In the preferred embodiment, the jungle scene is completed by the use of artificial tree branches and leaves attached to the support members. The tree branches are provided with a skeletal structure, comprised of a thin rigid element covered in a padded outer bark and sustaining a plurality of twigs and artificial leaves. In the preferred embodiment of the present invention, numerous variations in the shape of the skeletal structure, bark, twigs and leaves may be made such that a plurality of different shaped branches, as generally found in nature, may be made. The tree branch structure so defined generally gives the impression of a real tree branch. In the illustrated embodiment of the present invention, tree shapes, such as tree trunks and roots, are also used to form entry ways into the interior of the recreation system and supporting members for play structures.
The preferred embodiment of the recreation system also comprises elements such as steps, slides, walls, protective meshing and other aesthetic, play and safety elements which may be installed in any number of desirable shapes and manners and on or near other play structures to provide entertainment as well as security, safety and decoration.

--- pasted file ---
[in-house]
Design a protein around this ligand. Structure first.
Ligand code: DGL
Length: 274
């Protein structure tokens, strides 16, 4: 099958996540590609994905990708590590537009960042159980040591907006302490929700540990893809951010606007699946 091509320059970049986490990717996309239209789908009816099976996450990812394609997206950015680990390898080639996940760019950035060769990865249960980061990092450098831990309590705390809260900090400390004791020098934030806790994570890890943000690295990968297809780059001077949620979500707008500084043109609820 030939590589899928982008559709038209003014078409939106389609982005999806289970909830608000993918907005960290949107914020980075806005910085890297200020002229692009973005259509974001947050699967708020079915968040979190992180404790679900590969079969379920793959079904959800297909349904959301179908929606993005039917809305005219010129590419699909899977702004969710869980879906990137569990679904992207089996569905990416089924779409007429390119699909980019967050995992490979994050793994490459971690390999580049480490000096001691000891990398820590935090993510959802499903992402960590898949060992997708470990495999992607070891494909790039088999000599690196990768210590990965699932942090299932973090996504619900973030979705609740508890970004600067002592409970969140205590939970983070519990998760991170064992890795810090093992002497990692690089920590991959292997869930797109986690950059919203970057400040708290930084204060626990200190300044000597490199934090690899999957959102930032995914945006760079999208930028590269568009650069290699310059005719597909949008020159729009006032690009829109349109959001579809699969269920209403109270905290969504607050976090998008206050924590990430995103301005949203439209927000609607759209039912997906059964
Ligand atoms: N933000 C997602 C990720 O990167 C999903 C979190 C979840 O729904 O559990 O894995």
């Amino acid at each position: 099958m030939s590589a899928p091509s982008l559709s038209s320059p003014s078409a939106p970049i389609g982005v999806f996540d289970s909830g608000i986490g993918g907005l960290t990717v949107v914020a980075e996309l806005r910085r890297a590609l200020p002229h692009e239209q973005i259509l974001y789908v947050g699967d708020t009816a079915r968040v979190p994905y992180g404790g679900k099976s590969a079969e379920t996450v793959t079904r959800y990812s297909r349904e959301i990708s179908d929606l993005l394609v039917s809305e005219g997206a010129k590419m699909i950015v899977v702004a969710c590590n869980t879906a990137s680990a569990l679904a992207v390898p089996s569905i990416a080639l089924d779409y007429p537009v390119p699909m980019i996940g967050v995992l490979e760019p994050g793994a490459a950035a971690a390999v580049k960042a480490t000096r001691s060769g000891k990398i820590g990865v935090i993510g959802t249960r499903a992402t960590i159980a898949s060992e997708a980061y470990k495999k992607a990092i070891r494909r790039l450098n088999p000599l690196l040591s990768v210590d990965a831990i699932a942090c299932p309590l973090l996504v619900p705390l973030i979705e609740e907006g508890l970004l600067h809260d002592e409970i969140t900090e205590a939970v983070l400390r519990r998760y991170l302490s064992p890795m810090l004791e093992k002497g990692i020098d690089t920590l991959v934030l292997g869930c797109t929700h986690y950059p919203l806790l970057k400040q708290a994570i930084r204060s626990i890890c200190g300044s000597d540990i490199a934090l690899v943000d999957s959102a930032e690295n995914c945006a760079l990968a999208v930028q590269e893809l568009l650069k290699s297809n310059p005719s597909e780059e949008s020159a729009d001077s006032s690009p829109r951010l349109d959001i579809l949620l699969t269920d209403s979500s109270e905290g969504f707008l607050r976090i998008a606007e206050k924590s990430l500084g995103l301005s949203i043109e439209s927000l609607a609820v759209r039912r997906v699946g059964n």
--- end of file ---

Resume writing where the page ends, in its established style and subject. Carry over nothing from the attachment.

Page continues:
Further, the preferred embodiment includes means of providing jungle sounds, such as sound systems and speakers attached to motion or sound detectors, that cause appropriate recorded or artificially produced sounds to be generated when triggered. Such sounds as bird song, birds chirping, helicopter sound (for those systems including a helicopter deck) thunder claps and general jungle sounds provide a more realistic rain forest setting for the enjoyment of the users. Also, lighting effects may be added to simulate such events as lightning strikes or even sunrise, sunset or other celestial and astronomical events. The sound and lighting effects, in the preferred embodiment of the present invention, are triggered, using motion, vibration and sound sensors, as a result of the play of children in the vicinity of the sensors. While motion and sound detectors provide the preferred method of triggering the sounds and lighting generated in the present invention, it is to be understood that any manner of triggering sounds and lighting effects, such as trip mechanisms or timers, may be used by persons skilled in the art without departing from the novel scope of the present invention.
It is noted that the preferred embodiment of the recreation system illustrated and described herein is the result of creativity and innovation in compliance with ASTM F1918-98 standards and the Americans with Disabilities Act.
A more detailed explanation of the invention is provided in the following description and claims and is illustrated in the accompanying drawings.
FIG. 1 is a perspective view of a recreation system made in accordance with the principles of the present invention.
FIG. 1a is a perspective view of the recreation system of FIG. 1, as viewed from another angle.
FIG. 2 is an elevational view of the recreation system of FIG. 1.